1. New York from a Chelsea Rooftop, 2. Philadelphia City Hall, 3. Trees in a Philly Suburb, 4. Entrance to the Mondrian Soho
Hey everyone. It’s that time of year again–finals. Please excuse the lack of posts. I have some great stuff planned, but until I crawl out of my little hole in the library, you’ll just have to look at these Instagram photos. In fact, if you really want to stay up to date with Mainstream Misfit, follow me on Instagram; my username is carolinenel. Or you could click on over to my Statigram with that handy dandy little button I set up on the sidebar. If you follow me on Twitter or Tumblr, chances are you’ve seen a couple of my Istagrams and you know that I’m addicted. The ones above are just of few of those many photos taken in and around my two favorite cities, the places I call home, and yes, you can expect to find more photos of buildings and trees in my feed–don’t judge me.
1. St. Augustine FL, 2. Chanel Resort 2011, 3. Pucci Resort 2011, 3. Lanvin Resort 2011, 4. St. Augustine FL.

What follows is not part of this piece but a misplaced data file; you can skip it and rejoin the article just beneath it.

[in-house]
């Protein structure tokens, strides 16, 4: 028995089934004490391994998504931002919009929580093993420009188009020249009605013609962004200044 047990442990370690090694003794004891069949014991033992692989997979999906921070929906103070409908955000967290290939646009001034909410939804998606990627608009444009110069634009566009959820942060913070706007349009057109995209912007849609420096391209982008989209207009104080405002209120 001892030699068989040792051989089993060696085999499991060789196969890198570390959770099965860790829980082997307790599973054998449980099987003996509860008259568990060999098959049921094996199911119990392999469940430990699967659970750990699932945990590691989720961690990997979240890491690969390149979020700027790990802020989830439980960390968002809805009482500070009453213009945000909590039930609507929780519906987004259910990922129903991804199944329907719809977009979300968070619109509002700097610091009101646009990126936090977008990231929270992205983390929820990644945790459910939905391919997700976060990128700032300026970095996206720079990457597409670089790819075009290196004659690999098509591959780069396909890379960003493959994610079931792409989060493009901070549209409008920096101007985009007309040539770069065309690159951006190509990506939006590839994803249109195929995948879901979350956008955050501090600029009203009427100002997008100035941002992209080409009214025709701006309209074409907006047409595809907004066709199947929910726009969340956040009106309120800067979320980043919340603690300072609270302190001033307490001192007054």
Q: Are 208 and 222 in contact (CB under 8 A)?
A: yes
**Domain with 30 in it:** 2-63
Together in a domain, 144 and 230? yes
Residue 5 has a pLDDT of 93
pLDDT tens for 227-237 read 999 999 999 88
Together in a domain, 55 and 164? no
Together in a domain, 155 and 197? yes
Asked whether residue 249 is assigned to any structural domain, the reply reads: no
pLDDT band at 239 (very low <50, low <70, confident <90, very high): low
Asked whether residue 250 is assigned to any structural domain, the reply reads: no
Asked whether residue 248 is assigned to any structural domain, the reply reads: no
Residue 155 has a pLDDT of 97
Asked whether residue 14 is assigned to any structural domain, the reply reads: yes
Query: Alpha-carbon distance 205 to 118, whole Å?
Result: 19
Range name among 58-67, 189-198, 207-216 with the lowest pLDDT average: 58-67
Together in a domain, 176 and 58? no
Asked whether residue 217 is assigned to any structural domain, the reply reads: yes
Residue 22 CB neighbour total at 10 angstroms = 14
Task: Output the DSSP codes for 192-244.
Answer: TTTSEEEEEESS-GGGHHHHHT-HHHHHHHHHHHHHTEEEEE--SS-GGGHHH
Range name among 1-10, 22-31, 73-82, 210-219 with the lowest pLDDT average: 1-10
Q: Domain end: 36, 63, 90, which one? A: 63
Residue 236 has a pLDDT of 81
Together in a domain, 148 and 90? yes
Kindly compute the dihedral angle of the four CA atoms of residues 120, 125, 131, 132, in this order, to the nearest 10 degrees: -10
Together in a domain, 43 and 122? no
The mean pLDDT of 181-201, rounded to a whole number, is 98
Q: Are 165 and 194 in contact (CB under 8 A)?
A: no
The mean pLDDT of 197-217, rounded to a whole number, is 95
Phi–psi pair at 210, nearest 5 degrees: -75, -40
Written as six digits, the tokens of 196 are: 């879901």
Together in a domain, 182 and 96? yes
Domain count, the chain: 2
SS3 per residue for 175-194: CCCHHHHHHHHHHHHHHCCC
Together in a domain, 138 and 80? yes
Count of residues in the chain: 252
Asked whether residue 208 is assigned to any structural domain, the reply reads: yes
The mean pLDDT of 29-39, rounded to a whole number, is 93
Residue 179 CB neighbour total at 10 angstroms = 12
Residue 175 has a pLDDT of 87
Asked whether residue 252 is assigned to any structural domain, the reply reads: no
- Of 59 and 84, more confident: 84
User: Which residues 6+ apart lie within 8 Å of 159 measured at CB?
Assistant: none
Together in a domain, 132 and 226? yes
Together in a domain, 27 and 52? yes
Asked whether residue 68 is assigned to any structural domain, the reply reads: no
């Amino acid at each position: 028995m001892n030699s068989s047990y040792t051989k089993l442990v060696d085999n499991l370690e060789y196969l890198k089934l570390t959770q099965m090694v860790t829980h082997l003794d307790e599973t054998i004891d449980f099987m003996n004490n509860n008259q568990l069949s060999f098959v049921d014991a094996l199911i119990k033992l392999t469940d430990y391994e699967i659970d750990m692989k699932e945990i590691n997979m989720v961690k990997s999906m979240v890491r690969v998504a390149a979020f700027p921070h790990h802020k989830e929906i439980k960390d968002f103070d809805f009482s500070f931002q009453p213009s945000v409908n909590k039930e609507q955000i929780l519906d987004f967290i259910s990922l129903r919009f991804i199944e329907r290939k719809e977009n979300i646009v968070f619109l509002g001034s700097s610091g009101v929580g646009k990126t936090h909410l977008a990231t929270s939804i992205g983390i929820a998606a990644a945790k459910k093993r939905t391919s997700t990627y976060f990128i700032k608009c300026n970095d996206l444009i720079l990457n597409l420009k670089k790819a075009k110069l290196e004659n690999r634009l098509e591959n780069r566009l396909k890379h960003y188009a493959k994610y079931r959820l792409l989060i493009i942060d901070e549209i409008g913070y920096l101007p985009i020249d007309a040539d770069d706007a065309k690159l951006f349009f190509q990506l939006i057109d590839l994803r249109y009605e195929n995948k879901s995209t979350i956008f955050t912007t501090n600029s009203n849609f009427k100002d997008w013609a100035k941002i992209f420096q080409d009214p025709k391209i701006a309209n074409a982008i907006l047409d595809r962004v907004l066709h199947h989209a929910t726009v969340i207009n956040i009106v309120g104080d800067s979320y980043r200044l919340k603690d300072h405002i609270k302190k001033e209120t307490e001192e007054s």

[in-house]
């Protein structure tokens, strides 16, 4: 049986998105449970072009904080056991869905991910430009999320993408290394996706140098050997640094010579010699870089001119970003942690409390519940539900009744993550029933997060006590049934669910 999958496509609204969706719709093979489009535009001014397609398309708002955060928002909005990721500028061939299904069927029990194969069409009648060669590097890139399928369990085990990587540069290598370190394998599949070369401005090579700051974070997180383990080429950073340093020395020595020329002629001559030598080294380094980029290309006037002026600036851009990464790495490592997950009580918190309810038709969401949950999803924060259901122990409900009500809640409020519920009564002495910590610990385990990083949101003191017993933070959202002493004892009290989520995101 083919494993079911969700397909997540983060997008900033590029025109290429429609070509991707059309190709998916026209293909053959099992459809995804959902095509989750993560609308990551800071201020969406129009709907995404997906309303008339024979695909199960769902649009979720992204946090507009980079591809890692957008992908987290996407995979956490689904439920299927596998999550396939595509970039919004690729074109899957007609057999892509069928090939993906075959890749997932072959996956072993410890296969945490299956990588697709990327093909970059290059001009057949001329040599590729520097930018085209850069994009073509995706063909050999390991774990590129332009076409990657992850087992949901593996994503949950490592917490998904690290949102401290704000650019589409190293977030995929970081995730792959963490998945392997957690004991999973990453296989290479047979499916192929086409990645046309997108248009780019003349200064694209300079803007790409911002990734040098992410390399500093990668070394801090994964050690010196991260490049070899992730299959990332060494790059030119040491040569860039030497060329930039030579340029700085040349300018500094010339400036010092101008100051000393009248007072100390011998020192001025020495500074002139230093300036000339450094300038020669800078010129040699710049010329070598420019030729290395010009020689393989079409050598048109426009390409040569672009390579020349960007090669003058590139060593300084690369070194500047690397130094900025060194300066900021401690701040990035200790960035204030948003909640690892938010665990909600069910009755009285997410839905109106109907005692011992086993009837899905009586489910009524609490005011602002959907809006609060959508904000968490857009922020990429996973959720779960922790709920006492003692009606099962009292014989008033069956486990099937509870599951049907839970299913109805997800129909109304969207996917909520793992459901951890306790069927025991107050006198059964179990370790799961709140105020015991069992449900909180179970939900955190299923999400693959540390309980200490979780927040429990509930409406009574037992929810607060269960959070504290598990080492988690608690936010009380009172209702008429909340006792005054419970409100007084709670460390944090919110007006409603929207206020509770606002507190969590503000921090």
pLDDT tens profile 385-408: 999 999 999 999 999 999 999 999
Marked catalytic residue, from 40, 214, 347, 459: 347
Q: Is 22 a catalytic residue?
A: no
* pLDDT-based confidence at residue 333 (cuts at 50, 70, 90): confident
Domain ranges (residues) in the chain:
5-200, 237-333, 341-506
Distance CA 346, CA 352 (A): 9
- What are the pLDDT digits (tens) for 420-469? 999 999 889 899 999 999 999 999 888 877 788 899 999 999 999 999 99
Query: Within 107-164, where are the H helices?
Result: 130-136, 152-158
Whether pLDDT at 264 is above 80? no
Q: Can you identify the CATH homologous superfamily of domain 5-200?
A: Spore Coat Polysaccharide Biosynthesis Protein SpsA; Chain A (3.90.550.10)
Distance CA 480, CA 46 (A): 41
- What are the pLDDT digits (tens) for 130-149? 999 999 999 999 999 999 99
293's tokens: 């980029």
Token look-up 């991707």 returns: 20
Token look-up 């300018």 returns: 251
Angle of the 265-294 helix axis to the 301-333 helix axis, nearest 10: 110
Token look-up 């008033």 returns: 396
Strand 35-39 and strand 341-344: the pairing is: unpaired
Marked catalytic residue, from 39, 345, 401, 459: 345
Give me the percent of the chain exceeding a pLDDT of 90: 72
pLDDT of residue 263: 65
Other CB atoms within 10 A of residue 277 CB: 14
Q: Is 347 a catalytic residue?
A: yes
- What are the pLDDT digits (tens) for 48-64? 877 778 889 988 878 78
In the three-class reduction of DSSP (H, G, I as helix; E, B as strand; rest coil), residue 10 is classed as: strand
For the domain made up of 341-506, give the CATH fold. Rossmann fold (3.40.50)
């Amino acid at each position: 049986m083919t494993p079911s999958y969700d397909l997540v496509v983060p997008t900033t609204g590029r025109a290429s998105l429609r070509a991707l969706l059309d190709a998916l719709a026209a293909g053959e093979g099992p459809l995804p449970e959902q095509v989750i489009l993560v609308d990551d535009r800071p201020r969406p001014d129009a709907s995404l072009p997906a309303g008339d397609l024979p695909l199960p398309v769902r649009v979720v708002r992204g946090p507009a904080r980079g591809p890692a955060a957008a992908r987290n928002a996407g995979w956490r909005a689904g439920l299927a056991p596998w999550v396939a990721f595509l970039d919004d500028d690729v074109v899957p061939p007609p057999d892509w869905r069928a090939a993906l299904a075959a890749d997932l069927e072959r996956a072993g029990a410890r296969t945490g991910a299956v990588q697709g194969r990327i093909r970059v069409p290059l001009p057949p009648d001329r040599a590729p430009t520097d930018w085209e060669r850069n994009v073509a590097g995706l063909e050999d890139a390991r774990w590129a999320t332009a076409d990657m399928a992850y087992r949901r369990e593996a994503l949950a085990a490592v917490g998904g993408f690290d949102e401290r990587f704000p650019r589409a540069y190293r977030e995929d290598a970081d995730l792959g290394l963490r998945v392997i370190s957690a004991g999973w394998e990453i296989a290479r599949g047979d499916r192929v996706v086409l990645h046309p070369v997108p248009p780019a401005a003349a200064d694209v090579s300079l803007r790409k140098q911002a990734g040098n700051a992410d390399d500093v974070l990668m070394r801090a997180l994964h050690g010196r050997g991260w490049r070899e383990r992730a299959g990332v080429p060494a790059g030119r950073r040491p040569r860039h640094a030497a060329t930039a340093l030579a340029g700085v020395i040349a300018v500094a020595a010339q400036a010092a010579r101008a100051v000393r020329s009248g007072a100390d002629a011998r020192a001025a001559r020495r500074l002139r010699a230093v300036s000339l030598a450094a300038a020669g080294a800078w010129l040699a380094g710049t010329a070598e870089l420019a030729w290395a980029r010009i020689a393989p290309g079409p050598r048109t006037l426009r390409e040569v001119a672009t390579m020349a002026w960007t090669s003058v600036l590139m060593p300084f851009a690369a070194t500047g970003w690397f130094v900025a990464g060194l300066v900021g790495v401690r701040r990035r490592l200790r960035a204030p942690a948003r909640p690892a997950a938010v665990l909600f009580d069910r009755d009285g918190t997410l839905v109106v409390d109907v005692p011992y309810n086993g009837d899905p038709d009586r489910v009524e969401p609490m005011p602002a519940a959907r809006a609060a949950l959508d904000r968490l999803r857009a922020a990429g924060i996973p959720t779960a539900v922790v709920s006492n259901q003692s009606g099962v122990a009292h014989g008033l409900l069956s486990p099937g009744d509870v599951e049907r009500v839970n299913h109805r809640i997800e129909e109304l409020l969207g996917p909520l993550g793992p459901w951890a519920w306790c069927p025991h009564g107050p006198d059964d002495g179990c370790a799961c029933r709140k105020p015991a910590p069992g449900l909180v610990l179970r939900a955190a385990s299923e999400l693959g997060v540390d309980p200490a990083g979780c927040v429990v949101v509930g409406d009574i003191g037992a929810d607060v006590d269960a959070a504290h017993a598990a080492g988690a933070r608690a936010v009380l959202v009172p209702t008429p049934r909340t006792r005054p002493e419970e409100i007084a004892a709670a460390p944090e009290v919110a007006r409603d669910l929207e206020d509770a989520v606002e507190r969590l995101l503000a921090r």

Despite the new onslaught of Back to School promotions, it is still summer and it is hot! In honor of the prevailing season, a compilation of Resort 2011 swimwear and images from Florida.
This sculpture and the silver tree I photographed for A Tree Grows Part II are both located in the sculpture garden of the National Gallery of Art in Washington D.C. If you figured out that the the other trees were not growing in Brooklyn, I’ll tell you where they were growing. The 1st photo was taken from the backseat of the family van when we were leaving Jones Beach in Long Island NY, the 2nd photo was taken while riding shotgun on my way back from Ithaca College in Ithaca NY where there is no shortage of beautiful trees in Fall, Numbha 3 is inside a canopy covered walkway in Grounds for Sculpture in Hamilton NJ, the one underneath was taken during the BLizzard of 2010, and the final photo is of two trees on the roof of a building across the street from the Met on 5th Ave NYC (click to enlarge the photo and look at the architectural details). So these photos basically document a year in my life through trees. cool.